On December 13, 2011, the UNAIDS Programme Coordinating Board
commenced a two day conference formed to address the issue of HIV transmission, and to create new strategic policies to improve the effectiveness of the organization.
To ensure the success of the UNAIDS end-goal, Israel has financially sponsored a qualitative rapid assessment that aims to better understand the gender related barriers faced by women living with HIV when it comes to treatment. Providing $100,000 to the project, the assessment will be headed by Israeli health-consultant Dr. Anita Nudelman. A specialist on sexual health and AIDS prevention, Dr. Nudelman's expertise will be invaluable in guaranteeing positive, tangible results from this assessment.
On December 14, Israel's Ministry of Foreign Affairs representative Marina Rosenberg delivered a statement at the UNAIDS conference in Geneva to inform the Coordinating Board of Israel's unwavering commitment to the complete elimination of HIV, and efforts in stopping the vertical transmission of the disease. Solidifying the Foreign Ministry's position on the issue, Rosenberg stated: "Israel takes pride in sponsoring this assessment and hope that it is the first stage in a longer process that will bring us closer to the realization of our common vision of: 'Zero HIV Infections, Zero Discrimination, and Zero AIDS'.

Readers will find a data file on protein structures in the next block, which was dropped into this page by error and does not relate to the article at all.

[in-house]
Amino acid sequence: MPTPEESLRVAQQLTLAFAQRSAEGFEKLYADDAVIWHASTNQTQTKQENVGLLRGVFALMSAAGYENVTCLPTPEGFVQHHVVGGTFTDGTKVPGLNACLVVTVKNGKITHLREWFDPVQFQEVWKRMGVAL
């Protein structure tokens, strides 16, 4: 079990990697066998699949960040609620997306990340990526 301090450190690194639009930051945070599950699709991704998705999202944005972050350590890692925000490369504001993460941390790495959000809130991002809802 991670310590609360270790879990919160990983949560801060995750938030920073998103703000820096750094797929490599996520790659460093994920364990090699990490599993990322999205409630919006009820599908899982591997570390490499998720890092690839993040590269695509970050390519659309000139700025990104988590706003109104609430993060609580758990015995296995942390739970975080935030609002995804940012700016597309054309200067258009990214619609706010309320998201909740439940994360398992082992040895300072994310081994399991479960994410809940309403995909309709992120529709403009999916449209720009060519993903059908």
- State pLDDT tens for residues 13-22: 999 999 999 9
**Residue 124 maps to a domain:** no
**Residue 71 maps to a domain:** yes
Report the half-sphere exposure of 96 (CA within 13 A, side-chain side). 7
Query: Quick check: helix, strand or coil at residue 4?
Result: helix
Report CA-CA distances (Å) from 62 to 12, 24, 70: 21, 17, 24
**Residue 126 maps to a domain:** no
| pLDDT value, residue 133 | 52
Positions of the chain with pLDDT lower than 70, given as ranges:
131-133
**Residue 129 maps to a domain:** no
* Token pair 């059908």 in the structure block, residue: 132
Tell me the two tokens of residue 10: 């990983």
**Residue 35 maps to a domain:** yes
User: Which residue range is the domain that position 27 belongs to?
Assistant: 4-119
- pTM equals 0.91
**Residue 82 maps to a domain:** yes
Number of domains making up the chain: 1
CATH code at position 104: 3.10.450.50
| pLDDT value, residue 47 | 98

Background: The UNAIDS Board is guided by 22 governments, UNAIDS Cosponsors, and five representatives of non-governmental organizations (NGOs), including associations of people living with HIV.
According to UNAIDS data in 2009, an estimated 370,000 infants were infected with HIV through vertical transmission despite potential interventions being in place. Given this phenomenon, UNAIDS in tandem with its partners developed an action plan to prevent mother-to-child transmission. Named "Countdown to Zero: Global Plan Towards the Elimination of New HIV infection among Children by 2015 and Keeping their Mothers Alive," this new strategy has become the mantra of UNAIDS.
There is a concern that gender related barriers-to-access are increasing as only 53% of all pregnant women living with HIV in low and middle-income countries have accessed antiretroviral medication to prevent vertical transmission of HIV. This evaluation has the capability to identify the source of the problem, affording UNAIDS PCB the opportunity to establish new strategy that will advance the UNAIDS mandate.